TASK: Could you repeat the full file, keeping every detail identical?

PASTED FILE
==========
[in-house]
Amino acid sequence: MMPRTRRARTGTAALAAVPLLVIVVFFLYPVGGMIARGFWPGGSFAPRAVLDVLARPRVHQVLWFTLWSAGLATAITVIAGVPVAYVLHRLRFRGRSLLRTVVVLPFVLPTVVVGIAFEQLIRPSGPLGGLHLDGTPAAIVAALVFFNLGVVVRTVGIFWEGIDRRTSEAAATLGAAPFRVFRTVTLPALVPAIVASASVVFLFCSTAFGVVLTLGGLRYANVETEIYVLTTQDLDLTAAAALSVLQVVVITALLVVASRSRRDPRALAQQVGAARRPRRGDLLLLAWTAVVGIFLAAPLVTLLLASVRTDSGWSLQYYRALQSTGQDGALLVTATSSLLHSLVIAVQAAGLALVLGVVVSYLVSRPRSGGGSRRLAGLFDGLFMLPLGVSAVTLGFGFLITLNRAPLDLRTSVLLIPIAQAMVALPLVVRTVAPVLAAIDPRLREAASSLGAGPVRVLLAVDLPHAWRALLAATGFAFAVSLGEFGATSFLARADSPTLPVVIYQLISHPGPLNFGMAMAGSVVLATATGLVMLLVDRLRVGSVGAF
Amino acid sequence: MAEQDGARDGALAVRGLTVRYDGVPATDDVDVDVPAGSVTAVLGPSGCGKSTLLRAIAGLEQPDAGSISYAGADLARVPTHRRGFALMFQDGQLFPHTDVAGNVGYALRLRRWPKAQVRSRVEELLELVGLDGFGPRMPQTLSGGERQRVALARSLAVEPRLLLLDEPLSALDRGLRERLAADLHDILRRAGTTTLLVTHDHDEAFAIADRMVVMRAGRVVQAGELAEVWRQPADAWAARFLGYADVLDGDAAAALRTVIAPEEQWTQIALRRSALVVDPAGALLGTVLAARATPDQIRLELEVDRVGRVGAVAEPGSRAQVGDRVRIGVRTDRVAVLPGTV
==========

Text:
[in-house]
Amino acid sequence: MMPRTRRARTGTAALAAVPLLVIVVFFLYPVGGMIARGFWPGGSFAPRAVLDVLARPRVHQVLWFTLWSAGLATAITVIAGVPVAYVLHRLRFRGRSLLRTVVVLPFVLPTVVVGIAFEQLIRPSGPLGGLHLDGTPAAIVAALVFFNLGVVVRTVGIFWEGIDRRTSEAAATLGAAPFRVFRTVTLPALVPAIVASASVVFLFCSTAFGVVLTLGGLRYANVETEIYVLTTQDLDLTAAAALSVLQVVVITALLVVASRSRRDPRALAQQVGAARRPRRGDLLLLAWTAVVGIFLAAPLVTLLLASVRTDSGWSLQYYRALQSTGQDGALLVTATSSLLHSLVIAVQAAGLALVLGVVVSYLVSRPRSGGGSRRLAGLFDGLFMLPLGVSAVTLGFGFLITLNRAPLDLRTSVLLIPIAQAMVALPLVVRTVAPVLAAIDPRLREAASSLGAGPVRVLLAVDLPHAWRALLAATGFAFAVSLGEFGATSFLARADSPTLPVVIYQLISHPGPLNFGMAMAGSVVLATATGLVMLLVDRLRVGSVGAF
Amino acid sequence: MAEQDGARDGALAVRGLTVRYDGVPATDDVDVDVPAGSVTAVLGPSGCGKSTLLRAIAGLEQPDAGSISYAGADLARVPTHRRGFALMFQDGQLFPHTDVAGNVGYALRLRRWPKAQVRSRVEELLELVGLDGFGPRMPQTLSGGERQRVALARSLAVEPRLLLLDEPLSALDRGLRERLAADLHDILRRAGTTTLLVTHDHDEAFAIADRMVVMRAGRVVQAGELAEVWRQPADAWAARFLGYADVLDGDAAAALRTVIAPEEQWTQIALRRSALVVDPAGALLGTVLAARATPDQIRLELEVDRVGRVGAVAEPGSRAQVGDRVRIGVRTDRVAVLPGTV